Court name
High Court of Uganda
Judgment date
1 September 2005

MrsRosemary Rwabanjangu v George Germany,Francis Behuta (HCT-05-CV-MA-2005/54) [2005] UGHC 97 (01 September 2005);

Cite this case
[2005] UGHC 97
 
THE REPUBLIC OF UGANDA
IN TH H
IGH COURT OF UGANDA AT MBARARA
HCT-05-CV-MA-0054.-2005
(From HCT-05-CV-MA-0032-1997 and CS 14/1996)

MRS. ROSEMARY RWABAJUNGU ……………. ………………………APPELLANT
(Legal Representative of Late Rwabajungu)

vs

1. GEORGE GERMANY)
2. FRANCIS BEHUTA)……………………………………………………… RESPONDENTS
BEFORE: THE HON. MR. JUSTICE P. K. MUGAMBA 

RULING
This is an appeal made under Order 46 rules 4 and 8 of the Civil Procedure Rules. It follows the decision of the Deputy Registrar to refuse to grant execution to the appellant herein in an interlocutory application.
On 22nd February 2000 a preliminary objection to the proposed amendment of the plaint was upheld. The application had been made in Miscellaneous application No. 0032 of 1998. Subsequently a bill of costs was filed, taxed and allowed at Shs. 909,000/. Suffice it to say the judgment debtor did not realize any of that money at the time. In a letter dated 11th May 2000 the Deputy Registrar addressed M/S Tumwesigye & Co. Advocates as follows:
‘I have seen a copy of your threats to Ms G. Germany & Another. Normally costs in interlocutory matters should wait the outcome of the main suit. I would advise you to keep your taxed bill until the main suit is determined.’
The main suit was duly determined and for reasons stated in the judgment parties were ordered to meet their respective costs. What is at issue here is whether the amount taxed and allowed in the wake of the interlocutory ruling is independent of the costs envisaged at the time of the judgment.
Section 27 (1) of the Civil Procedure Act, Cap 71 of the Laws of Uganda states:
‘Subject to such conditions and limitations as may be prescribed, and to the provisions of any law for the time being in force, the costs of and incident to all suits shall be in the discretion of the court or judge, and the court or judge shall have full power to determine by whom and out of what property and to what extent those costs are to be paid, and to give all directions for the purposes aforesaid.’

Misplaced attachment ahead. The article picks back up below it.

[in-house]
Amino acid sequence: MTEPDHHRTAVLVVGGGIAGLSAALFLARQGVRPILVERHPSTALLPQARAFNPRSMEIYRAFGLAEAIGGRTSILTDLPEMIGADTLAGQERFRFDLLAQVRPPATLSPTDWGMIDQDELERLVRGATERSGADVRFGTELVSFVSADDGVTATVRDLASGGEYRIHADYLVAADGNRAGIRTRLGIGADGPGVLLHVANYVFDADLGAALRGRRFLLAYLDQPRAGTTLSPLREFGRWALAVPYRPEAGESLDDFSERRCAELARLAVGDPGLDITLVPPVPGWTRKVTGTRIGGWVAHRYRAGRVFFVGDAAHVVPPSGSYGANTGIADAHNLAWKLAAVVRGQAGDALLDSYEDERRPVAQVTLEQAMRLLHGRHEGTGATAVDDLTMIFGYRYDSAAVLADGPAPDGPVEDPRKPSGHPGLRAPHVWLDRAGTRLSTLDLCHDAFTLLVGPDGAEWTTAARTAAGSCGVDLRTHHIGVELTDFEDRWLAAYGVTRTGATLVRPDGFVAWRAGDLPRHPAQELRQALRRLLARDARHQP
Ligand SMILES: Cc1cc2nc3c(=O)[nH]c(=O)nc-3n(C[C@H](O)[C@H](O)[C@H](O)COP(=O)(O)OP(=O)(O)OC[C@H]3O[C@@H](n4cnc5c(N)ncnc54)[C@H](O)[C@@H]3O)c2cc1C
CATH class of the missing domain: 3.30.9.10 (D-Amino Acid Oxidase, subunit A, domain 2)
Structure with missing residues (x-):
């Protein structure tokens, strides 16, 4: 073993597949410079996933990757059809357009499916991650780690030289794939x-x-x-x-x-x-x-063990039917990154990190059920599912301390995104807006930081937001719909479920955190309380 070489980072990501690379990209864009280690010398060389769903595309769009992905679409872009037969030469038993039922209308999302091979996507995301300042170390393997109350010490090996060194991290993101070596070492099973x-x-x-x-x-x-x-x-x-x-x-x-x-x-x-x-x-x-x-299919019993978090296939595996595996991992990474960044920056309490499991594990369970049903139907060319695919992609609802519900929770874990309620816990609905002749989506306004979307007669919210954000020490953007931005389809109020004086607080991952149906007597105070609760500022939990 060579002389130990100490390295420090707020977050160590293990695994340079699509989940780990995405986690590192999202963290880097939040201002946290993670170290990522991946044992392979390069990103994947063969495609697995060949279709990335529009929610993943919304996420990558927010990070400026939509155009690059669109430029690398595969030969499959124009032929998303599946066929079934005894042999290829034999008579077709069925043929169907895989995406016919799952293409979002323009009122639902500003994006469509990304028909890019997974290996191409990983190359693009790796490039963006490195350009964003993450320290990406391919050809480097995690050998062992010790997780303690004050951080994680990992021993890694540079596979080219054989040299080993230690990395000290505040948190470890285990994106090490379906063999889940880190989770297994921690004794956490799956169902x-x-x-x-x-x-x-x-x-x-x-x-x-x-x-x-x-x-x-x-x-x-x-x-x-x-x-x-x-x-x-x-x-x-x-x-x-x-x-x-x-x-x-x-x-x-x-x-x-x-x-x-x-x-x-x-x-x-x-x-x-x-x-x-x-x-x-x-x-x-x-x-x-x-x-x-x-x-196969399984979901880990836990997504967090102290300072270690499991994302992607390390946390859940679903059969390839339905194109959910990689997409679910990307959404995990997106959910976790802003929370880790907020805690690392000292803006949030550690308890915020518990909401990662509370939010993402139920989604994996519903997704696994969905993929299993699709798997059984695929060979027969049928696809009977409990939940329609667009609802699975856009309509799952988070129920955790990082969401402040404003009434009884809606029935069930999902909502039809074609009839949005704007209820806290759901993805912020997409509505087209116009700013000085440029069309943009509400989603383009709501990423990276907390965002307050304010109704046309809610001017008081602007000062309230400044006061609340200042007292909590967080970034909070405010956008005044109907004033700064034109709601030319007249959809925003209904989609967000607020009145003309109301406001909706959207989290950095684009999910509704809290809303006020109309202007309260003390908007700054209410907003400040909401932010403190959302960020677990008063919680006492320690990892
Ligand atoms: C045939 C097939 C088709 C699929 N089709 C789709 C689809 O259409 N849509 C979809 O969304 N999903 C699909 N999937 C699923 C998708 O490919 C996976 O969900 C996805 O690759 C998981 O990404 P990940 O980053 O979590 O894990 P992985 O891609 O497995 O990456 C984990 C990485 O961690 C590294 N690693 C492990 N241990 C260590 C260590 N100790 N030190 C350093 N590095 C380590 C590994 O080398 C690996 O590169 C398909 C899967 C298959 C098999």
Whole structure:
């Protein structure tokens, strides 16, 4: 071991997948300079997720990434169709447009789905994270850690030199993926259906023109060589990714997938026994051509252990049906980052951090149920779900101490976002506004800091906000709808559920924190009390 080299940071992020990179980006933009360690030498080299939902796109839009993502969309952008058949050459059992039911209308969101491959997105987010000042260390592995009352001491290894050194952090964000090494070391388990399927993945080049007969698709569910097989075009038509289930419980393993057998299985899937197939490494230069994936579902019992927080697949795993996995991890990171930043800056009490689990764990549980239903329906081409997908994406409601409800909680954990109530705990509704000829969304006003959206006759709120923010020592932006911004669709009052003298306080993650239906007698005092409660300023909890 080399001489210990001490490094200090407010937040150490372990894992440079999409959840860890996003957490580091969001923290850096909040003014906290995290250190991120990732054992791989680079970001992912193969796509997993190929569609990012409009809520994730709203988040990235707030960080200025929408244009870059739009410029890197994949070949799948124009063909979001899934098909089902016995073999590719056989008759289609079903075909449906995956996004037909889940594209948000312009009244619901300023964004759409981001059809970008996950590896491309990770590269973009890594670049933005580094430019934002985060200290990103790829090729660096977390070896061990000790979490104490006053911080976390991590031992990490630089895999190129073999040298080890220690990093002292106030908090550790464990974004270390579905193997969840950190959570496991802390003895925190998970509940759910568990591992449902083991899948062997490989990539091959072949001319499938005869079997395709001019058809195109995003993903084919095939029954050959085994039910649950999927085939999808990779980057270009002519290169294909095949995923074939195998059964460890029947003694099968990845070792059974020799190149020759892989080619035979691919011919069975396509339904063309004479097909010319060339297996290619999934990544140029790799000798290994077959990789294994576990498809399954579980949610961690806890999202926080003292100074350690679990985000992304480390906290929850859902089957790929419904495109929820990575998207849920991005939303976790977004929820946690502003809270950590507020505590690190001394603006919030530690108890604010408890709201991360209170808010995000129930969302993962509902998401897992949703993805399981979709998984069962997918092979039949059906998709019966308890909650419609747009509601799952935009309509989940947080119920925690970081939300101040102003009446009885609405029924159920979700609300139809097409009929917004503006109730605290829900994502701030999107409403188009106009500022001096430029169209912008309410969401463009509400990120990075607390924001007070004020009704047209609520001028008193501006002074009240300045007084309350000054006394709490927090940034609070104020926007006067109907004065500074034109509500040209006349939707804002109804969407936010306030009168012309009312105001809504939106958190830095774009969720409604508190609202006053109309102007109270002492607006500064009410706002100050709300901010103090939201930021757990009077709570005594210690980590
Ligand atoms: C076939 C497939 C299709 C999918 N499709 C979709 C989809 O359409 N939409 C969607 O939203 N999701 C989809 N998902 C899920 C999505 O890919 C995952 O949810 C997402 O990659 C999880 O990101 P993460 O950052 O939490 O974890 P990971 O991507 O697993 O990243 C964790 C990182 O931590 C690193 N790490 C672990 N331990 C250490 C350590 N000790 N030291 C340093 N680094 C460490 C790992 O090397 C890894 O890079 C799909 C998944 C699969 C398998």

Learned counsel for the appellant has drawn my attention to Odgers on Pleading and Practice, 22nd edition, at page 381 where it is stated that costs in interlocutory matter could be ordered to be paid forthwith or to abide the outcome of the main suit. While I agree it could have been possible for the appellant to recover the costs when they were taxed and allowed, this was not the case probably because of the letter of 11th May 2000 aforesaid. That letter advised the appellant herein to keep the taxed bill of costs until the main suit was determined. That certainly was timely. This court in its judgment gave reasons why the appellant could not recover costs and those reasons remain valid. In Devram Nanji Dattani vs Haridas Kulidas Dawda (1949) 16 EACA 35 the Court of Appeal for Eastern Africa held that a successful defendant who after all is brought into court against his will can only be deprived of his costs when it is shown that his conduct, either prior to or during the course of the action, has led the litigation which but for his own conduct might have been averted. Doubtless the ruling is part of the case that was finally determined. It would be absurd at this moment in time, with the background of the verdict, if any costs were to be recovered let alone by the appellant herein.
Consequently I would dismiss this appeal on all grounds with no order to costs, given the complexity of the issue.
P. K. Mugamba
Judge
1st September 2005